When your peer becomes successful, it can bring up a lot of self-doubt. Many people bank on destiny getting them through the hard times, and we like to think our time just hasn’t come yet. And then, all of the sudden, someone seemingly from the same situation as us, someone who has fully proven to be human, manages to do something that we haven’t. Even if it’s little, it will still beg the question of, “What have I been doing all this time?” Our impression of the godly, elite authors is abruptly brought into question, and we’re likely to reject it. One of the reasons why strangers can do what your family can’t is because you are a whole new being to them. They don’t relate to you as much. They haven’t seen you leave your coffee cup on top of your car or trying to figure out how the toilet works for the first time. It’s easier for strangers to adjust their perception of you than those close to you.

That doesn’t mean it’s okay for important people in your life not to support you. It just makes the lack of their support meaningless. Their apathy says nothing about your ability. And in situations where they actually try to demotivate you, it’s useful to realize where they’re coming from and why it has little to do with you and more to do with them.

If they care, they will try to save you from yourself: As for your parents (and these are the only people this excuse works for), they love you and they want you to be safe. Taking a risk in the art world is terrifying, success is unlikely, and failure can mean a complete absence of anything substantial (depending on how you do it.) But what they don’t see is how this would have to be a worst case scenario. It’s hard to be a failed writer and not have other things going for your life. Those things are probably why you failed in the first place.

Ask yourself if you really want their support.

Before you take an active stance in gaining your friends’ and family’s help, realize it might be a good thing you don’t have it.

Are your parents control freaks? Do your friends make everything about them? If your boyfriend reads your work and doesn’t like it, is it going to become a fight? Do these people actually have any sort of interest in the genre you’re writing?

There’s a decent chance that their support won’t do you much good anyway. Having a non-reader buy your book will get you like five bucks. Getting feedback from someone who likes totally different things from you can be actually counterproductive. If it seems like it won’t do you a lot of good, then you might just forget about it.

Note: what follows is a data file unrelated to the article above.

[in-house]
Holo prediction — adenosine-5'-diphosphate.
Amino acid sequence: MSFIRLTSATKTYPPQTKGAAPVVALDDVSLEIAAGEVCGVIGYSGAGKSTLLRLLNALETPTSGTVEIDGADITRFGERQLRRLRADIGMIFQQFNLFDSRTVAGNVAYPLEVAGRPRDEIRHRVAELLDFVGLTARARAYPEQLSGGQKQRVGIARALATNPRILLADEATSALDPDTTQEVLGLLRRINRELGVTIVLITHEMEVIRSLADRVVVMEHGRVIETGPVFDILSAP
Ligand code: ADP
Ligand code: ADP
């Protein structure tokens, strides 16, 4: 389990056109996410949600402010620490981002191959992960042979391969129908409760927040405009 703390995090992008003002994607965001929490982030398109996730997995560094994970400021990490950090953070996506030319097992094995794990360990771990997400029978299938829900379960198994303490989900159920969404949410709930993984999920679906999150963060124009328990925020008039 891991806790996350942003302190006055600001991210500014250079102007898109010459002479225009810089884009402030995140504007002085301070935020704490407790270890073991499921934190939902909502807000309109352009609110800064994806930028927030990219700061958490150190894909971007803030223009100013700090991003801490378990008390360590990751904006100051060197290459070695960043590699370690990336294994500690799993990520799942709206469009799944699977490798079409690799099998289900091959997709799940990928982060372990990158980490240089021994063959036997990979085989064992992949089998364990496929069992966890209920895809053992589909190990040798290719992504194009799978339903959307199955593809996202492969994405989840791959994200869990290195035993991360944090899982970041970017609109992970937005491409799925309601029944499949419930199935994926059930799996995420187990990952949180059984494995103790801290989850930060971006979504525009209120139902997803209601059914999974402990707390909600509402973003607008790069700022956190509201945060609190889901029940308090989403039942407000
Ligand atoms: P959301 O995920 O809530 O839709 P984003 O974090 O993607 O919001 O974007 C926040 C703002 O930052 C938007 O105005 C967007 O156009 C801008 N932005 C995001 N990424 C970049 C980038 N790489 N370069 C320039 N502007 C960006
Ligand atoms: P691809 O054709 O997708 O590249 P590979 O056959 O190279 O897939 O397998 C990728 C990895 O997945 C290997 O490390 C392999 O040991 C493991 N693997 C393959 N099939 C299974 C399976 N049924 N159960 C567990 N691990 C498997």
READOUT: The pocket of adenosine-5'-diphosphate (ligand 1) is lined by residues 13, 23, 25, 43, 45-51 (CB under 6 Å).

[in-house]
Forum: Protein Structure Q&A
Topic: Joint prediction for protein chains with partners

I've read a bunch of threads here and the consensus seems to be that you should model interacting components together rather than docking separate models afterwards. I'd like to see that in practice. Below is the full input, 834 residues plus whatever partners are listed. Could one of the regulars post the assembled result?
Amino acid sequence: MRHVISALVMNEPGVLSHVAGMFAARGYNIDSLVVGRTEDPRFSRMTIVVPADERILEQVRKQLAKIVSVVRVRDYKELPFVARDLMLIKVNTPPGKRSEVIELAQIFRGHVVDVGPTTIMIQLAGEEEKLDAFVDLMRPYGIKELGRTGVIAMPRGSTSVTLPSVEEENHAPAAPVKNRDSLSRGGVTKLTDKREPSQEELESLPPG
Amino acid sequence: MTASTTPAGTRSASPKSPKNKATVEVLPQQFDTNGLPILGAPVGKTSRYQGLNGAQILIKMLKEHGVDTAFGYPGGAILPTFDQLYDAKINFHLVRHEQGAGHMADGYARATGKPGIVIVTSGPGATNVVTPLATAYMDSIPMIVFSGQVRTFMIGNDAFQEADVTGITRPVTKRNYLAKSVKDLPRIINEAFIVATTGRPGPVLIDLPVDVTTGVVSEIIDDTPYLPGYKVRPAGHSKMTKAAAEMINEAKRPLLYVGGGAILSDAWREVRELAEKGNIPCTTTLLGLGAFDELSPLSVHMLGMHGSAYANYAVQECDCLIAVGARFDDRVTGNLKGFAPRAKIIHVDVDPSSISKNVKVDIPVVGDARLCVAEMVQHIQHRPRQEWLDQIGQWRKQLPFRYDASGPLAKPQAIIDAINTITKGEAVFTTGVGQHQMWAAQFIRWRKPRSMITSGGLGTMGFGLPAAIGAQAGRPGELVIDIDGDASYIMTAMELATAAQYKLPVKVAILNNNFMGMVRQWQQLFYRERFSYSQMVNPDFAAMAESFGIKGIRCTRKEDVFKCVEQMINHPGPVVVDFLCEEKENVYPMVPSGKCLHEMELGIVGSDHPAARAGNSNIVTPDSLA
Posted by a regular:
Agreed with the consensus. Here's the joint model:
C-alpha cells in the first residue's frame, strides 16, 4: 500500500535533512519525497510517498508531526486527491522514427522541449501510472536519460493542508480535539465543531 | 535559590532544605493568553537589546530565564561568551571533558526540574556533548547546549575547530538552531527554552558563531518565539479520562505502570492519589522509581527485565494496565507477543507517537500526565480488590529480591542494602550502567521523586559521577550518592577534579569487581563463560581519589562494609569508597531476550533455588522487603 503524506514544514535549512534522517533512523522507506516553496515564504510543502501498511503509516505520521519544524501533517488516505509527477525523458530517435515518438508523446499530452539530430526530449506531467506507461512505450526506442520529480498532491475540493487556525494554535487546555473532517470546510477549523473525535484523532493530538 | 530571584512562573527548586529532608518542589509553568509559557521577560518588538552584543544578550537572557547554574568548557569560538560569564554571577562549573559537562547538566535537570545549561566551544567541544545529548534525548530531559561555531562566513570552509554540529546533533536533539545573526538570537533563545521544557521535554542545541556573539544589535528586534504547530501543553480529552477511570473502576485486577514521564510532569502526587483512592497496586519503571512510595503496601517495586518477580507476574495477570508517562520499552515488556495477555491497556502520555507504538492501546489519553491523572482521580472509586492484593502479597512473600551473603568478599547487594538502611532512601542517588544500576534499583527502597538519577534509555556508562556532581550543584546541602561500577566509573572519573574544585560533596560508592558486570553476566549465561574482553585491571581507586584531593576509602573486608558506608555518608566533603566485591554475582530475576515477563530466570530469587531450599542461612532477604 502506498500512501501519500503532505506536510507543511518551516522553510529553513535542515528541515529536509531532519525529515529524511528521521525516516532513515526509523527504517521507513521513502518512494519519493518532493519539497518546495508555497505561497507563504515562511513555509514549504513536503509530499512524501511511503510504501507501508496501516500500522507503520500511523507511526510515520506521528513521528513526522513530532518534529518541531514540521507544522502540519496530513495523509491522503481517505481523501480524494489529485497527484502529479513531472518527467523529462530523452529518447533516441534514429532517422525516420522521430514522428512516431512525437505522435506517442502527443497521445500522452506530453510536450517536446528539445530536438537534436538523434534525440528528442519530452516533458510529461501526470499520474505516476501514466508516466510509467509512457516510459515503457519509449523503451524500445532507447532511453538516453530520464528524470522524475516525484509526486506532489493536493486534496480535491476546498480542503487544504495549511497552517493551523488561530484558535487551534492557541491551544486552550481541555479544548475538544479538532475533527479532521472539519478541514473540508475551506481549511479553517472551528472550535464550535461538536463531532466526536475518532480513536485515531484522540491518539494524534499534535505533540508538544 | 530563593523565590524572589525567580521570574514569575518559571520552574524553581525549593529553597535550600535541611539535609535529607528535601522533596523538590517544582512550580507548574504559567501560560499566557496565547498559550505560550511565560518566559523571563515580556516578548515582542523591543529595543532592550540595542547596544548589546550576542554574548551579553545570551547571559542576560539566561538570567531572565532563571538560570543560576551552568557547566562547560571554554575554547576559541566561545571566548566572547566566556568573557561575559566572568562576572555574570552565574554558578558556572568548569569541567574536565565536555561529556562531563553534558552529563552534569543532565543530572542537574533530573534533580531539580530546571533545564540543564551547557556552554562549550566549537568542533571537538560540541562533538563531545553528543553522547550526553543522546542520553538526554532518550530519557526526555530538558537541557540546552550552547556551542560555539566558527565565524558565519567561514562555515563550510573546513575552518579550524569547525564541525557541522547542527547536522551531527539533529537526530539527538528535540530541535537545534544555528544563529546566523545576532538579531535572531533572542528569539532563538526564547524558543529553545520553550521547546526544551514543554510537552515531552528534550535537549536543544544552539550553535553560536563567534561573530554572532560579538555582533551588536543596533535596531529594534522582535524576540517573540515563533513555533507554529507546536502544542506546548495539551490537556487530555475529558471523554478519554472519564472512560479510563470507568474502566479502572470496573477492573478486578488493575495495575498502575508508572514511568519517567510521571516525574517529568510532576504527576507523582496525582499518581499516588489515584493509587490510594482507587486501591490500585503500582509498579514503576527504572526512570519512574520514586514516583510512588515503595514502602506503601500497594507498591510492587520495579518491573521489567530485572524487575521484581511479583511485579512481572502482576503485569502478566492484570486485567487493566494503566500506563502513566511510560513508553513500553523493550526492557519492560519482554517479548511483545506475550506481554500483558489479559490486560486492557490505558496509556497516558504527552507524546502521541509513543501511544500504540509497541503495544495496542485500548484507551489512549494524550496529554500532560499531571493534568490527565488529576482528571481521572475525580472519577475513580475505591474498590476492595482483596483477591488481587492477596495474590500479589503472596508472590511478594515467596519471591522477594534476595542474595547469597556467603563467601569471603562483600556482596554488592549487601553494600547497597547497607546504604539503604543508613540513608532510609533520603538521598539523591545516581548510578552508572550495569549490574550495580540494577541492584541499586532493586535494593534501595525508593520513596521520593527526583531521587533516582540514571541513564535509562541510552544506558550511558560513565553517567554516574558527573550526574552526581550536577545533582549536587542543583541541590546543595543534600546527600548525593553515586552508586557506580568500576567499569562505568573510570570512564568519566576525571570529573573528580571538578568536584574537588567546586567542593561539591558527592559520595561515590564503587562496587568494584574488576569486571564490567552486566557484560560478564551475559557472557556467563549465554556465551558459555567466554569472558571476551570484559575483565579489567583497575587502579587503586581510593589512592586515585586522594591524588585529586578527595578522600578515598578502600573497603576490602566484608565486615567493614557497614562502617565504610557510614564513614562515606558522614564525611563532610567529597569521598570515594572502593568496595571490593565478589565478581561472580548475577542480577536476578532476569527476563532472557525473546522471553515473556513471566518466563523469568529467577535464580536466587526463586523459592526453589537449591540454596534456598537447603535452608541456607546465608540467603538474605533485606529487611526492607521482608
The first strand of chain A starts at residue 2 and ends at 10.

Talk to them.

Dramatic storylines are starting to get to me, mostly because talking about a problem is often a quick and simple solution and the entertainment industry refuses to accept that.

I once had to sit down a certain naysayer in my life and explain that I can question and be afraid of my risk taking on my own. I needed her to encourage me to take a chance. I would give myself all the reasons not to do something; I needed her to tell me why I should. She wanted to help me, and all it took was explaining my side of things before she understood what I wanted.

Without getting angry or placing blame, it’s useful to just tell someone you’re not getting what you need from them. They may not change their behavior immediately, but you will definitely see some effect. If they do care, they will put in an effort.

The best form of punishment is to not ask again.

When all else fails, nothing makes a person feel worse than knowing someone won’t count on them. I’m not advocating punishing people, but sometimes, for whatever reason, we need it. It might be for emotional reasons or it might be to change their behavior. Either way, banking on someone not being there for you is the best way to make them want to be there for you.

I don’t give new works to people who didn’t read the last one. I don’t let people who try to scare me about my literary choices read something important. I don’t ask people who didn’t submit a story to my literary journal last year to do it this year. When my boyfriend refused to drive me to the airport, I went straight to someone else the next time. When a friend lied to me about having bought my story, I told him not to bother. When my cat clawed me apart as I tried to get him off of me, I never tried to move him again.

People won’t always notice what you’re not doing and—because my main goal is not punishment but rather self-preservation and not wasting my time—I don’t make the effort to let them know. Yet when there’s something important going on in your life and you’re not talking about it, they tend to realize something’s up, and maybe they’re being left out. They know you need support, so why aren’t you asking for it?

Mostly, it’s just important to realize this is typical. It says nothing about you or your work or your destiny. It doesn’t even necessarily say anything about your relationships and who you should trust. The hardest part of being a writer is no one takes you seriously. It gets easier when you can move past it.